Loma Linda Neurosurgeon Travels to Manila to Boost Skull Base Surgery Capabilities in Philippines
8 April 2018 | A Loma Linda University Health neurosurgeon traveled with a team of physicians to Manila for a week-long effort aimed at enhancing the expertise of healthcare professionals performing endoscopic skull base surgery in the Philippines.
Kenneth De Los Reyes, MD, MSc, assistant professor at Loma Linda University and co-director of skull base surgery at Loma Linda University Medical Center, joined the team that provided consulting in their expertise for staff and residents at University of Santo Tomas and Jose Reyes Hospital in Manila.
While in the Philippine capital in March, the team established a program in which local medical residents, trainees and staff could practice endoscopic skull base surgery. Over the course of the week, De Los Reyes and his colleagues performed two of the highly specialized surgeries. Working with their Manila-based partners, the team removed the pituitary tumors causing vision loss for both patients. De Los Reyes said that 1 in 6 people experience this kind of tumor. “These tumors are very treatable and surgery can be curative,” said the LLU physician. “To give someone back their sight is truly a miracle and to change their life with a procedure like this, is the best part of my job.”
According to a news story on the Loma Linda University Health website, two days of the trip were dedicated to a symposium at the University of Santo Tomas during which those in attendance were shown a live cadaver dissection. De Los Reyes led the symposium which dealt mainly with the anatomy of the anterior (frontal) skull base and the best techniques to use when treating it.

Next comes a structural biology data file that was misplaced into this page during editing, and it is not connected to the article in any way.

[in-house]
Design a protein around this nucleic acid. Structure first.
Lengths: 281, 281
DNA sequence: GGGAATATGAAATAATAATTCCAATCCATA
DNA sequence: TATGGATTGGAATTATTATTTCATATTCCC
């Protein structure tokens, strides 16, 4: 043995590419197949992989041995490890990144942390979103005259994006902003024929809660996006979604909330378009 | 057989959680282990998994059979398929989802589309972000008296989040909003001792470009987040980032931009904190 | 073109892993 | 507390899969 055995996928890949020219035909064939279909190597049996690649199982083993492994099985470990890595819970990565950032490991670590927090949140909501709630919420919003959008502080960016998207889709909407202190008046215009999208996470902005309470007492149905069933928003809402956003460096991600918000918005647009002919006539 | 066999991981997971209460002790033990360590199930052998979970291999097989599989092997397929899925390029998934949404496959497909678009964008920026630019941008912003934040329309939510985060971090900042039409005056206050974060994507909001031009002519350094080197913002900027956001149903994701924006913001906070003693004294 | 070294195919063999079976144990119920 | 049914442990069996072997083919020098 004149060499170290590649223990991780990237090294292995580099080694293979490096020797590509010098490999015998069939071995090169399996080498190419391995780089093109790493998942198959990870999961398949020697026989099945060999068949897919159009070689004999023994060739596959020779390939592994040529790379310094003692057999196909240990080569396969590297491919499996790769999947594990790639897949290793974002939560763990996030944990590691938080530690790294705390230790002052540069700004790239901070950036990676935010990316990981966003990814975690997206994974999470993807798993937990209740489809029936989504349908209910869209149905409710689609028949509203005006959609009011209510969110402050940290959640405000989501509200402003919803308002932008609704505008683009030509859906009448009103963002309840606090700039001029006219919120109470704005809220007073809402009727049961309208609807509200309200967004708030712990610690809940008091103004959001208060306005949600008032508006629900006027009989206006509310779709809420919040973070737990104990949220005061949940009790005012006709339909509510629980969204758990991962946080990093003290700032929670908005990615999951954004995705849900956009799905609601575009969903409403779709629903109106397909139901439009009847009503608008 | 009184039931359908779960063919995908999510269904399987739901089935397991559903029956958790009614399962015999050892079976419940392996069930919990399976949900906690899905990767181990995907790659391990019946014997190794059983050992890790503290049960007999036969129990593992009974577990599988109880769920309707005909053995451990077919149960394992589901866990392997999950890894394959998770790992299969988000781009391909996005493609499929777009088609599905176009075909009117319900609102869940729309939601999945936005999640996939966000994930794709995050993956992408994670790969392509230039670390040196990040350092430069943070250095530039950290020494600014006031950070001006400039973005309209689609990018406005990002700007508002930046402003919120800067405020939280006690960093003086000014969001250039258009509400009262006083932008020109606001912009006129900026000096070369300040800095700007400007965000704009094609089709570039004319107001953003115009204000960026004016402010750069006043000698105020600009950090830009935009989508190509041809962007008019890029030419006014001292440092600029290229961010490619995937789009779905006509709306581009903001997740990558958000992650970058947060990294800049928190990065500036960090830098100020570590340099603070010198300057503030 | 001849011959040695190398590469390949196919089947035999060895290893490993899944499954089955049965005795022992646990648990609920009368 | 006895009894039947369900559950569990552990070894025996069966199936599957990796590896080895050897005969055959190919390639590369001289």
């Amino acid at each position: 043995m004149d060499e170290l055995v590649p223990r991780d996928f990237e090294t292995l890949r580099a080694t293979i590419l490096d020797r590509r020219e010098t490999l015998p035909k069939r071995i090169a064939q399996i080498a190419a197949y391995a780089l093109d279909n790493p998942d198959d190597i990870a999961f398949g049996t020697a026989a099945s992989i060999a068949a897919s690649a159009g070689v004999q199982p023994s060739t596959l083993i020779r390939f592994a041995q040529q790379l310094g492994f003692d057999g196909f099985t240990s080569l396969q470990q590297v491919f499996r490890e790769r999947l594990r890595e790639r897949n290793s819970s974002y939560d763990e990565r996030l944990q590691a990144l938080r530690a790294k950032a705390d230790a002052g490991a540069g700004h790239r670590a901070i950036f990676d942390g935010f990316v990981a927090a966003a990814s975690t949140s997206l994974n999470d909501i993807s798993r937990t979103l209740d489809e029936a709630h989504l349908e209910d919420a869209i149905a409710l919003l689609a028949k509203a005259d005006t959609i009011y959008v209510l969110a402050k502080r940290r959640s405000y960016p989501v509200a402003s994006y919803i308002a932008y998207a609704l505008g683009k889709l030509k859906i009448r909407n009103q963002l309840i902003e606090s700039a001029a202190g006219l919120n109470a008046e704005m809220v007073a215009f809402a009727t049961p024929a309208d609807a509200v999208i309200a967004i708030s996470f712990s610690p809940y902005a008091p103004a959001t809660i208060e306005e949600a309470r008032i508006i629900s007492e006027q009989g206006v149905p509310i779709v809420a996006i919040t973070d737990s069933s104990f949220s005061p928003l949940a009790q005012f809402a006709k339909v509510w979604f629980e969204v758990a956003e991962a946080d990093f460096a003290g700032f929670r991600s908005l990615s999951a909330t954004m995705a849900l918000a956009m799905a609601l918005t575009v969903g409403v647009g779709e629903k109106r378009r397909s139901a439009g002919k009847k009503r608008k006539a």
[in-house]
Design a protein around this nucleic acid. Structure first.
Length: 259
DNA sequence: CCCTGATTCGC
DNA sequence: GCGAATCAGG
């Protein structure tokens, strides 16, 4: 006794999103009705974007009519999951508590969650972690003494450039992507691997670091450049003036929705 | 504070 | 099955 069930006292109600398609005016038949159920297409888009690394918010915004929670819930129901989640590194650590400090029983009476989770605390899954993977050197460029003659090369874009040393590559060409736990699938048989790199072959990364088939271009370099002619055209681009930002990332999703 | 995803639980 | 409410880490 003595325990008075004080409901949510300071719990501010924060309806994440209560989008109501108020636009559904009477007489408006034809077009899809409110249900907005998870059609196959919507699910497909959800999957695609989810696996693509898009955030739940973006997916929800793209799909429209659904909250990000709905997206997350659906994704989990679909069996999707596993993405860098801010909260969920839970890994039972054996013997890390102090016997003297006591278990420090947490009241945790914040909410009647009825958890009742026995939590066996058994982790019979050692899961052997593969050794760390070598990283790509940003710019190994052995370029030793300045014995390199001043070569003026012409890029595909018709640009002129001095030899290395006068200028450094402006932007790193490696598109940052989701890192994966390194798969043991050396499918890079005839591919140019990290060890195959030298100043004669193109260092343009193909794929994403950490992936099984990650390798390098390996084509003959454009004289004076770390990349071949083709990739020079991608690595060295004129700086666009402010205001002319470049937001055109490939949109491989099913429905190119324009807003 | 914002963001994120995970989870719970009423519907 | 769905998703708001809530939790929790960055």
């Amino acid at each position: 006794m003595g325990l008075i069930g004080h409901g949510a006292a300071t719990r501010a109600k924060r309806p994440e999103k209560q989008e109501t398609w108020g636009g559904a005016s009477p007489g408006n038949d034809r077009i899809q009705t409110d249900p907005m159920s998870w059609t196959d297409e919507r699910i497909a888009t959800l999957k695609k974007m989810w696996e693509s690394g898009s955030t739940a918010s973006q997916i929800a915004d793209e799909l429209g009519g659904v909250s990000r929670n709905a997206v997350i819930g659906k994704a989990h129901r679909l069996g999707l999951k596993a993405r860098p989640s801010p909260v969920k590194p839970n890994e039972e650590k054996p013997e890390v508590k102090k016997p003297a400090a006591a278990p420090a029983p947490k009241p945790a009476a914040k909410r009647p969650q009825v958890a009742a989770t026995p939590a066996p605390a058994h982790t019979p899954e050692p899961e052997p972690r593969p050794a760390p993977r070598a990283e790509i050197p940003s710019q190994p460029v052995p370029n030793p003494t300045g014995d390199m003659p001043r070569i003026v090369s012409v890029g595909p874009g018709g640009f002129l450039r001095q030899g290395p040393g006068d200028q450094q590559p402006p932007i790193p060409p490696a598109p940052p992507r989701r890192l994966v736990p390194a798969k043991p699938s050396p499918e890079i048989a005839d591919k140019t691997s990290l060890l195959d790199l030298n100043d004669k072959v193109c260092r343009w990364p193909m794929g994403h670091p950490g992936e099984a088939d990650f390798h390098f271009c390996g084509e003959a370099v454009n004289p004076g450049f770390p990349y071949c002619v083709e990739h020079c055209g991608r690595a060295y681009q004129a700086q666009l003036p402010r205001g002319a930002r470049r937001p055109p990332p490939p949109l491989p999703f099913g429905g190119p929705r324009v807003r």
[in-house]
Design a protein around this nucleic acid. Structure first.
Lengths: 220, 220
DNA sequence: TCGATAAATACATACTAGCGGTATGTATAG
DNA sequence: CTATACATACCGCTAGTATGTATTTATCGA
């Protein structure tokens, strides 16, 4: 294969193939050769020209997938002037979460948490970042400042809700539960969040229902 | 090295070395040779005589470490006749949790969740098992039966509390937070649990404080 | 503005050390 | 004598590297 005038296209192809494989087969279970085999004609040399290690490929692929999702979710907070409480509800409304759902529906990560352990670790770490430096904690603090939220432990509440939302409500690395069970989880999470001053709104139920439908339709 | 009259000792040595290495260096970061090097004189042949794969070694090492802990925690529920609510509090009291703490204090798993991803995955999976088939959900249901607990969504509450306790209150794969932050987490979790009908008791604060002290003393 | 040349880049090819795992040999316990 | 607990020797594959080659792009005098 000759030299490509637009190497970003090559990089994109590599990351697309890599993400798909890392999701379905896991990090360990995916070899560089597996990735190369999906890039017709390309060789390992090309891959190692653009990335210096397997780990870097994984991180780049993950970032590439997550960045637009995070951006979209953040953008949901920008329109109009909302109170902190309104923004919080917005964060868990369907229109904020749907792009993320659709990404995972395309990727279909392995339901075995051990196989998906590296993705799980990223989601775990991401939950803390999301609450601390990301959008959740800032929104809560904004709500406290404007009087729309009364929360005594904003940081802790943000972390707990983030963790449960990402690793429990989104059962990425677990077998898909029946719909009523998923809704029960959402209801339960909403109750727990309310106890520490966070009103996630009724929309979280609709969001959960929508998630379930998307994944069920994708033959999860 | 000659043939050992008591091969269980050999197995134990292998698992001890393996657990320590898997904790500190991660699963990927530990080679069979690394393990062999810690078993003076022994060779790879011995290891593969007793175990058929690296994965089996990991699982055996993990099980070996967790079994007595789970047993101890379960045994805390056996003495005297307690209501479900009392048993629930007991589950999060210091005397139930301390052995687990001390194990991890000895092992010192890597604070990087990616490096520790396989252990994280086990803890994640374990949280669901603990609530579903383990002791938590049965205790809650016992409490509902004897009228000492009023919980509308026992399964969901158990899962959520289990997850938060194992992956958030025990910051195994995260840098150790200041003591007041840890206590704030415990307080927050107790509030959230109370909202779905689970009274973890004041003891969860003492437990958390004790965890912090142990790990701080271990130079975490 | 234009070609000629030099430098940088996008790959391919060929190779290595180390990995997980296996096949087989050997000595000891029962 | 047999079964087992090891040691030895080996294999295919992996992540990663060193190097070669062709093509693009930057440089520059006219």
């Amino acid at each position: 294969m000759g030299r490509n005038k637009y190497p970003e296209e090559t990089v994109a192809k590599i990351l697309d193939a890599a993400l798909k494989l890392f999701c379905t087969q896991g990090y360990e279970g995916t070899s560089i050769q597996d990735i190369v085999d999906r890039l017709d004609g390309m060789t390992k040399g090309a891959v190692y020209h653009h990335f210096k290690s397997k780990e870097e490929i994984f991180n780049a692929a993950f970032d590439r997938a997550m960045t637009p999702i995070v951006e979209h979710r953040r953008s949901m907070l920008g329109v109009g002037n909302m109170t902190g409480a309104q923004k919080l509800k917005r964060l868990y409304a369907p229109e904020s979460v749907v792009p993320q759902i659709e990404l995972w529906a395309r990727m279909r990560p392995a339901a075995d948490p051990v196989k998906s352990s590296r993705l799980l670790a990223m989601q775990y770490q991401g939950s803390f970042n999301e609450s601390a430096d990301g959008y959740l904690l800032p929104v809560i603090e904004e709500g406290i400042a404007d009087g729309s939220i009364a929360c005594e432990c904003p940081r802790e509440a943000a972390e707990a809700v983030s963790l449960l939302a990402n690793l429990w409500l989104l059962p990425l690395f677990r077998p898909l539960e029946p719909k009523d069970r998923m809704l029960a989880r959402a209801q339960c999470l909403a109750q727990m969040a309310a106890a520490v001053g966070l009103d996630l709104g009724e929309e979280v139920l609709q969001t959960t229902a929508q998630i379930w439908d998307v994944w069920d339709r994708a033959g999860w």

“Many of the residents felt it was beneficial to participate in the symposium and plan to use what we shared in their own practice,” said De Los Reyes. “It can be challenging at first to adapt to a new philosophy of care, but we hope they can continue to expand with a multi-disciplinary approach.”
De Los Reyes said that patients are frequently left untreated or undertreated because of lack of resources for neurosurgery in the region. The Philippines currently has one neurosurgeon for every 1 million of the population.
The physician plans to come back to Manila next year bringing other physicians from Loma Linda University Health and Mount Sinai Medical Center.
“We only scratched the surface,” De Los Reyes said. “There’s still so much more to teach, learn and discuss with our partners overseas, especially when it comes to training both ENT and neurosurgery trainees on a team approach to skull base surgery.”